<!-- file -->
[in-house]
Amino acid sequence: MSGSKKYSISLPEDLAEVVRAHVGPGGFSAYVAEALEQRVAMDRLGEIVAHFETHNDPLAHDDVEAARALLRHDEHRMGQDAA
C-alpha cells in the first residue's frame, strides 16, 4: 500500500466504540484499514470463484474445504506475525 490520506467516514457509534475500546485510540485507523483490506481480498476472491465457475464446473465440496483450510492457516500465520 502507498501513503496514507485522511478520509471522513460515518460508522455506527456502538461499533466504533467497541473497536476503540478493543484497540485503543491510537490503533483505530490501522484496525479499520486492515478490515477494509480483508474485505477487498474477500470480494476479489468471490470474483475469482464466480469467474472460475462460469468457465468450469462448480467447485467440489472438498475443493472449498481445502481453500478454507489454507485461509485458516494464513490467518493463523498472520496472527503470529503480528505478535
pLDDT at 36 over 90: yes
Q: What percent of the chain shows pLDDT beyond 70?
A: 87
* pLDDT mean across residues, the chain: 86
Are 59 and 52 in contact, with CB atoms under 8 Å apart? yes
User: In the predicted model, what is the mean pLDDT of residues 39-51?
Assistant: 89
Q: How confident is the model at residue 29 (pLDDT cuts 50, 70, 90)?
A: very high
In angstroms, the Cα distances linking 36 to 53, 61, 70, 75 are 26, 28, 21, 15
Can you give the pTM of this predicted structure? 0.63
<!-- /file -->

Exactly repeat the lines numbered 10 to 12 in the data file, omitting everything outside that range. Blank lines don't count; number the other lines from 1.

Assistant: 89
Q: How confident is the model at residue 29 (pLDDT cuts 50, 70, 90)?
A: very high